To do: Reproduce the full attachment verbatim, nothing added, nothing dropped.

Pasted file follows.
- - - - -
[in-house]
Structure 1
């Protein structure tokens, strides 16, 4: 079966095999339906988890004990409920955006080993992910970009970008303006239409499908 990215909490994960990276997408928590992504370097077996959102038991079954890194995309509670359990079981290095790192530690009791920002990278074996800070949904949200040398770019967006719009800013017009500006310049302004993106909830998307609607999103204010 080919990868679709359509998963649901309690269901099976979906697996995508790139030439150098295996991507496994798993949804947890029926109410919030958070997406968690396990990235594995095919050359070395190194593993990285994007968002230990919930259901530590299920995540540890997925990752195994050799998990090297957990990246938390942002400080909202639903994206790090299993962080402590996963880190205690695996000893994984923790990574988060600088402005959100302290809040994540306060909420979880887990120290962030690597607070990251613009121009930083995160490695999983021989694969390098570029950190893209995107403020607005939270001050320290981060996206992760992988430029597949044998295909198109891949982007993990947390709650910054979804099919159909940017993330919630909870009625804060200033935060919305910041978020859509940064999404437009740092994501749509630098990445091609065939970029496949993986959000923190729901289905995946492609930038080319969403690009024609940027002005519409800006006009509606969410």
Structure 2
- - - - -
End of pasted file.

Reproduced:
[in-house]
Structure 1
């Protein structure tokens, strides 16, 4: 079966095999339906988890004990409920955006080993992910970009970008303006239409499908 990215909490994960990276997408928590992504370097077996959102038991079954890194995309509670359990079981290095790192530690009791920002990278074996800070949904949200040398770019967006719009800013017009500006310049302004993106909830998307609607999103204010 080919990868679709359509998963649901309690269901099976979906697996995508790139030439150098295996991507496994798993949804947890029926109410919030958070997406968690396990990235594995095919050359070395190194593993990285994007968002230990919930259901530590299920995540540890997925990752195994050799998990090297957990990246938390942002400080909202639903994206790090299993962080402590996963880190205690695996000893994984923790990574988060600088402005959100302290809040994540306060909420979880887990120290962030690597607070990251613009121009930083995160490695999983021989694969390098570029950190893209995107403020607005939270001050320290981060996206992760992988430029597949044998295909198109891949982007993990947390709650910054979804099919159909940017993330919630909870009625804060200033935060919305910041978020859509940064999404437009740092994501749509630098990445091609065939970029496949993986959000923190729901289905995946492609930038080319969403690009024609940027002005519409800006006009509606969410």
Structure 2